While historians endlessly debate the causes of World War I, they have left little question about the war that followed. While marking Germany and its fascist allies (Italy, Japan) as the clear aggressors, the seeds of the 20th century’s second, even greater global bloodletting sprouted from the punitive, ultimately self-defeating demands imposed on Germany by Britain and France in the peace at Versailles.
Stripped of territories in the east and west that left millions of German speakers under new management, saddled with war reparations that ensured its economy could not recover, stripped of its international rights, monarchy, colonies, flag, military power and dignity, Germany was a cauldron of resentment. In that cauldron, the Austrian-born World War I veteran Adolf Hitler concocted his hateful ideology of Aryan supremacy, retribution and racial hatred. Before the war he launched ended in 1945, another 60 million people would perish.
As these geopolitical torrents swept Europe, the multitudes ruled in the name of “civilization” saw ever more clearly the hypocrisy of imperialism. World War I’s collapsed empires freed millions in new states like Czechoslovakia, Romania and Bulgaria — and accelerated demands for self-rule in far-flung colonies like India, Vietnam, Indonesia, Iraq and the Philippines.
So it is that in today’s headlines we see the echoes of 1914: Sunnis and Shia fighting over Iraq — or what the Ottomans called the Vilayet of Basra. The unfinished business of Palestine, of India-Pakistan, of China’s claims on areas of the seas around it, all derive from what was set in motion by that assassination in 1914.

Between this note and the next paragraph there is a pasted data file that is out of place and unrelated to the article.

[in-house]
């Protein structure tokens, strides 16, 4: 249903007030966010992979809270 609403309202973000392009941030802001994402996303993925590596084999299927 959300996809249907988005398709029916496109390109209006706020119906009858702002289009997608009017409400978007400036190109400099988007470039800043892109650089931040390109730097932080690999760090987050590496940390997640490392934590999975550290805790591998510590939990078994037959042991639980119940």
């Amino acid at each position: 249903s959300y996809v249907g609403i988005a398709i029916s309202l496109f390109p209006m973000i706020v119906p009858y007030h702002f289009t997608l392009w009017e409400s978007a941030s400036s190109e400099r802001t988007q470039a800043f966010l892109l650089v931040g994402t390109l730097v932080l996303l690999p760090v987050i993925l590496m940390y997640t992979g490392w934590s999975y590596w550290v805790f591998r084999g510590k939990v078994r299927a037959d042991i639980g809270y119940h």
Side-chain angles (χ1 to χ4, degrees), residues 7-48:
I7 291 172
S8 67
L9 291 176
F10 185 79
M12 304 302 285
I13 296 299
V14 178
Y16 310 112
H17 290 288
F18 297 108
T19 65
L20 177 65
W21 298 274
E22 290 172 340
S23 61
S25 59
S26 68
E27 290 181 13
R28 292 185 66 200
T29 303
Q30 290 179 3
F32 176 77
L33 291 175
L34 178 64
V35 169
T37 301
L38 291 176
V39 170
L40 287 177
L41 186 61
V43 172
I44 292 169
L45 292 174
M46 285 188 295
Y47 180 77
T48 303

And the clumsily drawn post-colonial borders that afflict Africa make our headlines on a regular basis. Just last month, a Nigerian court gave a life sentence to a member of Boko Haram, the Nigerian Islamic militant group, for the bombing of a Christian church on Christmas 2011 that killed 37 people.
And the casualty count continues into a second century …
NASA astronaut Mike Hopkins
On December 28, 2013, Expedition 38 crew member Mike Hopkins participating in the second of two space walks to replace a degraded pump module on the International Space Station. (NASA astronaut Rick Mastracchio is reflected in his helmet!)
The Soyuz TMA-10M
The Soyuz TMA-10M headed towards the International Space Station with crew members from Expedition 37 onboard.
40 years ago the Apollo 8 mission flew up to the moon, orbited it ten times and then returned to Earth. This picture was taken from that flight and shows the Earth as it seemingly rises in similar fashion to a sunrise.
Sunrise from Expedition 36
NASA Flight Engineer Karen L. Nyberg of Expedition 36 took this photo of the sun rising -- a sight they saw nearly 16 times per day due to the speed of the International Space Station's orbit around the earth.
A pair of NanoRacks CubeSats -- nanosattelite spacecrafts carrying experiments -- were launched by Expedition 38.